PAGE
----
In Hindi, the word “yada” can mean alternately “wherever” or “whenever” or presumably even “whatever” as indicated by the phrase from Bhagavad-Gita Chapter 4, Verse 7, perhaps the most important verse for Vaisnav Hindus. In this verse, Krishna says to Arjuna:
Yada yada dharmasaya glanir bhavati bharata
abhyutthanam adharmasya tadatmanam srjamy aham.
In English it translates to something like: “Wherever and whenever a decline of righteousness and a predominance of unrighteousness prevails, at that time I manifest myself personally, O descendant of Bharata.”
We hear people in the English-speaking world say “yada yada yada” all the time, usually meaning “and so on and so forth” or something similar. I think it has Hebrew roots. But it has a very similar connotation whether coming from a Hindi or Hebrew point-of-view: “Whatever, whatever, whatever” or “etcetera, etcetera, etcetera.”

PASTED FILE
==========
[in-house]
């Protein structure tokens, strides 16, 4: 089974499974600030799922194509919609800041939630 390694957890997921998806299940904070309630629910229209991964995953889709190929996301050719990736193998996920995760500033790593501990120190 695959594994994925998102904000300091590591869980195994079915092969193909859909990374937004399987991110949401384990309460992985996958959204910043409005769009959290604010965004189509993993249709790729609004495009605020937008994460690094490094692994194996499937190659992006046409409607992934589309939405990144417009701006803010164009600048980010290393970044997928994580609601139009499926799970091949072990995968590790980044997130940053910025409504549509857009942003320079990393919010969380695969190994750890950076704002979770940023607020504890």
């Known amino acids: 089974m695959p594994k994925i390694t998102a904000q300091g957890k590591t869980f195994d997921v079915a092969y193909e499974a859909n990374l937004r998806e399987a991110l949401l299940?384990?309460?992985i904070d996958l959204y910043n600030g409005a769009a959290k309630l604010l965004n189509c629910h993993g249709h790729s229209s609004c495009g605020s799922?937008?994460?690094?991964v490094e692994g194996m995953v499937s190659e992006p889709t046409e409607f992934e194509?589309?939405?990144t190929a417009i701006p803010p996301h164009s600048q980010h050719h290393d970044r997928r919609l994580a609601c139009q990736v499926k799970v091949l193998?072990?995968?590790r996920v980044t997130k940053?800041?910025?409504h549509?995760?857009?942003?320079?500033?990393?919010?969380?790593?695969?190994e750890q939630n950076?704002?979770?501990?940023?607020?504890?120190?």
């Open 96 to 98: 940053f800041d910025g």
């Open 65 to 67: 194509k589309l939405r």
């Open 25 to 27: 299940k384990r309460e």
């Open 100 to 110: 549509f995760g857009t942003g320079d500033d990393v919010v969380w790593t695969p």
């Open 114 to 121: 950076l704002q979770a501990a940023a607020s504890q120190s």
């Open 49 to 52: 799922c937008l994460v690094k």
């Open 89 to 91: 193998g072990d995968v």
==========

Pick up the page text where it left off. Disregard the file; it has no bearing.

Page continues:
But I think that “Wherever, Whenever, Whatever” makes for a very fitting mantra for a peaceful, contented life. Meditate on being satisfied whatever comes, whenever it comes and wherever it takes you. In this way life can become more of an adventure, and we are much less likely to mutter “yada yada yada” in the apathetic sense of the expression, and more likely to say it in an enthusiastic manner. In this way, one may see the world through lenses colored with much more gratitude.